Standing Alone - Even Among Christians
Peer pressure effects all of us to some degree. It comes in many forms. Co-workers, neighbors, school mates, friends, church members, TV, radio, movies, books, magazines, music, all exert influence upon us. Some exert direct pressure and persecution, other influences are very subtle. Some influences may be very good (the Bible, good Christian examples, etc.), but many are bad or at least mixed good and bad. The easy thing to do is to adopt the views and beliefs of our peers and live our lives as they do. This spares us persecution and makes us well accepted by men.
God desires us to follow Him, not our neighbors or friends. We are responsible to God to pray and search the Scriptures for how we should live. To be able to follow where He leads, we must be able to stand alone and not just follow the crowd or yield to the pressures of others. We need to develop convictions for ourselves that we will stand for, whether or not family, friends, or fellow church members agree. Some of our convictions may need to address separateness from the world. We may need to reduce the contrary pressures and influences in order to live more godly lives.
Differences in Christian Convictions
It is inevitable that we will have some differences in convictions. We will not perfectly agree on the exact interpretation of every verse in the Bible. Different ones will see different applications for some commands and principles. None of us has perfect wisdom or understanding. Over time we hope to grow in knowledge, understanding and wisdom. So also we should expect to develop new convictions and to revise some we had before.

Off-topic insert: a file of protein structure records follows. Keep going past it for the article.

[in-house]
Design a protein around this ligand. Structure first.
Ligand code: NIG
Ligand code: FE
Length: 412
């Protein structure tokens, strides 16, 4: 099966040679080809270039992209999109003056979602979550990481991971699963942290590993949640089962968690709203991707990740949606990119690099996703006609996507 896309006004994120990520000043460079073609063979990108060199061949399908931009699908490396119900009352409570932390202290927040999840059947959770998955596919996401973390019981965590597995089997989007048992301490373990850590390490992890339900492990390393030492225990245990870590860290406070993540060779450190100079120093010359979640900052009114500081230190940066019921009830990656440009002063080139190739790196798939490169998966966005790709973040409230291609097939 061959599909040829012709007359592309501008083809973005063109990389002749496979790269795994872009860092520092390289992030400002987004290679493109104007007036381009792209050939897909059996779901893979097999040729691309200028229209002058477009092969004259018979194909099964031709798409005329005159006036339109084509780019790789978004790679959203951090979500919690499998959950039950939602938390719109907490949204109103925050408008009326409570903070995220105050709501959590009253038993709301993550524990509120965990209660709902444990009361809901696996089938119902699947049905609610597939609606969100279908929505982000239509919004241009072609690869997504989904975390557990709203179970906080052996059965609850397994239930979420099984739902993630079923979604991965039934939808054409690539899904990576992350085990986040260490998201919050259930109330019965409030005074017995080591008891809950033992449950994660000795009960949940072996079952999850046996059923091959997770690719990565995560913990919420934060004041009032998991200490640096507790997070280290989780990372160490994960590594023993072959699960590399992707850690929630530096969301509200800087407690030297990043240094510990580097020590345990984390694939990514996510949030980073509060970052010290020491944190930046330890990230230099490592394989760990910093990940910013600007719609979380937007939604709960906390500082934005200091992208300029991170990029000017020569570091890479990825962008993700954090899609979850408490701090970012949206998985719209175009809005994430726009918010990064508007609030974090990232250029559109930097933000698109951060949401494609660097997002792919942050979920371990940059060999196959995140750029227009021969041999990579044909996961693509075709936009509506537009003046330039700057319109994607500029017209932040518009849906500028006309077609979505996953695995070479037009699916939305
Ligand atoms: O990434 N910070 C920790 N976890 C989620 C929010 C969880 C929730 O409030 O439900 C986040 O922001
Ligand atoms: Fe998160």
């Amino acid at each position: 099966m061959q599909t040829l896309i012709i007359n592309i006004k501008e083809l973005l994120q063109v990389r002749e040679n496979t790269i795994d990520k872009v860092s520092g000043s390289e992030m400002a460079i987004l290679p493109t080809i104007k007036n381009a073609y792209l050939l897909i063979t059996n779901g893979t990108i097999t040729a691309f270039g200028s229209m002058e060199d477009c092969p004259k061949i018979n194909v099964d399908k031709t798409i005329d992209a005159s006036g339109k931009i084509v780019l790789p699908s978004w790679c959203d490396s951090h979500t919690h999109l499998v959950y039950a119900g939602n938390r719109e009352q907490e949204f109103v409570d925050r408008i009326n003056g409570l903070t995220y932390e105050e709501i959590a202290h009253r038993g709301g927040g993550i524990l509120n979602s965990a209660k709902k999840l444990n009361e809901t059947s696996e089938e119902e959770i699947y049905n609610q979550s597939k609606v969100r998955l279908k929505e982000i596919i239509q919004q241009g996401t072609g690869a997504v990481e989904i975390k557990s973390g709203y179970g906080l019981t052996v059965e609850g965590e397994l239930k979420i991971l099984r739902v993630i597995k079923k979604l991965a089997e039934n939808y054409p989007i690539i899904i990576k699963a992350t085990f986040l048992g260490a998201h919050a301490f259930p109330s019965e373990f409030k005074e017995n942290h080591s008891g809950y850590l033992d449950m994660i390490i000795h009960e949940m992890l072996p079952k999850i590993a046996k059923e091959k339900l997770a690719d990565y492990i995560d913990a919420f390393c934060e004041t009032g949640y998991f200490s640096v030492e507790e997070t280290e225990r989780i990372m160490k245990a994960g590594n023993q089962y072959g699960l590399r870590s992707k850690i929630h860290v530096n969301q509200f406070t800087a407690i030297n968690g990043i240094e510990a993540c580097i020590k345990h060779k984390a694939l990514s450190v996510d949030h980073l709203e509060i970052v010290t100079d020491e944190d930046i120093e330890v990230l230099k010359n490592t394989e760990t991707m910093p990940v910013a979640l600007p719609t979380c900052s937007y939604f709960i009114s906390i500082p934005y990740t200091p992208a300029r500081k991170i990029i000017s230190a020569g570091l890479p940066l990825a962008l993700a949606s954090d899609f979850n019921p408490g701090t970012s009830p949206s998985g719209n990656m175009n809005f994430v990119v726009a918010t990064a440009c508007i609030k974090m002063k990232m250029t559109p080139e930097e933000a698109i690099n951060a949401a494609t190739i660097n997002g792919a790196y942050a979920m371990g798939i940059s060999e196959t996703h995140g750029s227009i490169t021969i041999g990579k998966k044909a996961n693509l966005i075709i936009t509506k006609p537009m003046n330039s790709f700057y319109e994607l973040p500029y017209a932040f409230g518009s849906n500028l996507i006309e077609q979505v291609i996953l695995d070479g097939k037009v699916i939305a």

Do not assume God desires others to hold to the exact same convictions as you. Some convictions may be from God for our family, but not for all others. God will sometimes call believers to different paths. There are a number of examples in the Scriptures of this. Samson was to be a Nazirite and never cut his hair. John the Baptist was called to live in the desert, eating locusts and honey and drinking no wine. Yet Jesus and the disciples were not called to a similar lifestyle. The Rechabite family (Jeremiah 35) was called to live only in tents, to not plant seed and to drink no wine. God honored them for this, but did not command all Jews to do the same. God called Abraham to leave his extended family and live as a nomad in the land of Canaan. Joseph and Daniel were each called to the city life, serving God by serving unbelieving kings.